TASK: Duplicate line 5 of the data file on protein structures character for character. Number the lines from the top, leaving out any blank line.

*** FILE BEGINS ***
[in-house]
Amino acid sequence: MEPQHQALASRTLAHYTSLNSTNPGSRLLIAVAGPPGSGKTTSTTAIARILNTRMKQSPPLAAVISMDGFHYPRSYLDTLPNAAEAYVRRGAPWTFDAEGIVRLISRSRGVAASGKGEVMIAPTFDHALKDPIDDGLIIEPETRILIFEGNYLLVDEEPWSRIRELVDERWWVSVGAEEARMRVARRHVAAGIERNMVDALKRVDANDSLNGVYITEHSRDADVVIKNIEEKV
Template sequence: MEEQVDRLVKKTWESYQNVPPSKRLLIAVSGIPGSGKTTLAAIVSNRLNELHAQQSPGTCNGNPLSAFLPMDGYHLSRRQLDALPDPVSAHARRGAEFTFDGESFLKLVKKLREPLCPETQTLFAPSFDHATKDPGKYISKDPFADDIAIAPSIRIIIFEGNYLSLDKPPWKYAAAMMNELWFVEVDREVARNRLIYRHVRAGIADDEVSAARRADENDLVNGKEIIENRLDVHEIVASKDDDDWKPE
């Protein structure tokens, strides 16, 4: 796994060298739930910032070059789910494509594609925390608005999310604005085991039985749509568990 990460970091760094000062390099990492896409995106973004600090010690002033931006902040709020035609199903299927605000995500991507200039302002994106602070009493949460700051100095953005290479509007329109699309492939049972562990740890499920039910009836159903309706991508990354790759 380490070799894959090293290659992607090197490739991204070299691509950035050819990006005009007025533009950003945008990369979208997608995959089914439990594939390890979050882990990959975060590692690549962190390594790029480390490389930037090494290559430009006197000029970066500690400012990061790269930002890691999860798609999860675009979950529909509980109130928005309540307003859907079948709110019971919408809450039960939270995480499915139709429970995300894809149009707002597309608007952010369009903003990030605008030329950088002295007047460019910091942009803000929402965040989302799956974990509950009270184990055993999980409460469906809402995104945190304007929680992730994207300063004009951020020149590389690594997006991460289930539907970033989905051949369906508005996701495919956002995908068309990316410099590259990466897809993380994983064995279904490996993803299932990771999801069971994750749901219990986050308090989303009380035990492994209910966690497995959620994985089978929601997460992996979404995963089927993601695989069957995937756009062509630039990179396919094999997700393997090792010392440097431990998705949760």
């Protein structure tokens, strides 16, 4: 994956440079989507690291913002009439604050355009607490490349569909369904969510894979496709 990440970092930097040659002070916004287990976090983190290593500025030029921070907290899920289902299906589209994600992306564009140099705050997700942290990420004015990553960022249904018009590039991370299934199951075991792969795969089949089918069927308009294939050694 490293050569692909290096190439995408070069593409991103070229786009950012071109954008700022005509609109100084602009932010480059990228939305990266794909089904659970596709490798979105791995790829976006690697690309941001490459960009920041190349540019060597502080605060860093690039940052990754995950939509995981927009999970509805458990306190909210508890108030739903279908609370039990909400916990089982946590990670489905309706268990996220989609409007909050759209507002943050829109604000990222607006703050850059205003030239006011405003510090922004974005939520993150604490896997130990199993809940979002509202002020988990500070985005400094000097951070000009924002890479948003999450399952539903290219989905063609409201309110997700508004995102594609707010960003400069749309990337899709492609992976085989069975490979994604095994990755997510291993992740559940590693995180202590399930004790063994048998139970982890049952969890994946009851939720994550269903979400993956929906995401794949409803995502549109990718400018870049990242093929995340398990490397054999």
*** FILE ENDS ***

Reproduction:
């Protein structure tokens, strides 16, 4: 994956440079989507690291913002009439604050355009607490490349569909369904969510894979496709 990440970092930097040659002070916004287990976090983190290593500025030029921070907290899920289902299906589209994600992306564009140099705050997700942290990420004015990553960022249904018009590039991370299934199951075991792969795969089949089918069927308009294939050694 490293050569692909290096190439995408070069593409991103070229786009950012071109954008700022005509609109100084602009932010480059990228939305990266794909089904659970596709490798979105791995790829976006690697690309941001490459960009920041190349540019060597502080605060860093690039940052990754995950939509995981927009999970509805458990306190909210508890108030739903279908609370039990909400916990089982946590990670489905309706268990996220989609409007909050759209507002943050829109604000990222607006703050850059205003030239006011405003510090922004974005939520993150604490896997130990199993809940979002509202002020988990500070985005400094000097951070000009924002890479948003999450399952539903290219989905063609409201309110997700508004995102594609707010960003400069749309990337899709492609992976085989069975490979994604095994990755997510291993992740559940590693995180202590399930004790063994048998139970982890049952969890994946009851939720994550269903979400993956929906995401794949409803995502549109990718400018870049990242093929995340398990490397054999």